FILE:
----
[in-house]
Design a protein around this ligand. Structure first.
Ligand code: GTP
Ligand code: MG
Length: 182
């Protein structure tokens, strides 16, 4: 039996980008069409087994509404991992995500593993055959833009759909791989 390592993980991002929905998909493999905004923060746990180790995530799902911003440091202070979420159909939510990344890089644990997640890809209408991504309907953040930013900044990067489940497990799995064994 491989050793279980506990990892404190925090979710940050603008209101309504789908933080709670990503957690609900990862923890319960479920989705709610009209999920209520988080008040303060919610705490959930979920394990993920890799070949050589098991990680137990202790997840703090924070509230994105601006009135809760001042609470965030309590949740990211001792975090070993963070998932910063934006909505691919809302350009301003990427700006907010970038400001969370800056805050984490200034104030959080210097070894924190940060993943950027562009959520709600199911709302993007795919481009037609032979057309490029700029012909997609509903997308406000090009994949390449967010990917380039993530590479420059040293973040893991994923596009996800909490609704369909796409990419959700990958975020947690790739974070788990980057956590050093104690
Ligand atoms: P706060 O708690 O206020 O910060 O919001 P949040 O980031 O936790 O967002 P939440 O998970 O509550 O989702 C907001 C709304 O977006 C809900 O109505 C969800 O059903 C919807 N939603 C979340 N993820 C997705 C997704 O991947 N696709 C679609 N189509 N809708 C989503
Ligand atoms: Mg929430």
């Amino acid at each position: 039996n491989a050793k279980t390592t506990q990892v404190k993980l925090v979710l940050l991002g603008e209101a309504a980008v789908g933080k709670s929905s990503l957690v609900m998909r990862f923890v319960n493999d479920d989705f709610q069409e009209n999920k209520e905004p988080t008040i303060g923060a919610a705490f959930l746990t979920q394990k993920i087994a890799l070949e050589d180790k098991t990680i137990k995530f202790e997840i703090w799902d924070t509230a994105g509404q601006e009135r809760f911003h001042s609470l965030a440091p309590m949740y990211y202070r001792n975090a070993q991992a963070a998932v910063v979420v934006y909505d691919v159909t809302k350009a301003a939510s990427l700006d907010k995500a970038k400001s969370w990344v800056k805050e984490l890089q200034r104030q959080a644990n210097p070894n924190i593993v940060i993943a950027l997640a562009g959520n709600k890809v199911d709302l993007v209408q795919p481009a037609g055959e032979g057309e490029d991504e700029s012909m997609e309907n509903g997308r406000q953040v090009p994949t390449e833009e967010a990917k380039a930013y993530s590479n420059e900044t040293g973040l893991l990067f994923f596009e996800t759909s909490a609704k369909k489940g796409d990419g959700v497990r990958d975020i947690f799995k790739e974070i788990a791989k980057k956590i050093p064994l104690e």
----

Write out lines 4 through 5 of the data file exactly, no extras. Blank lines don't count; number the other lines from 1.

Ligand code: MG
Length: 182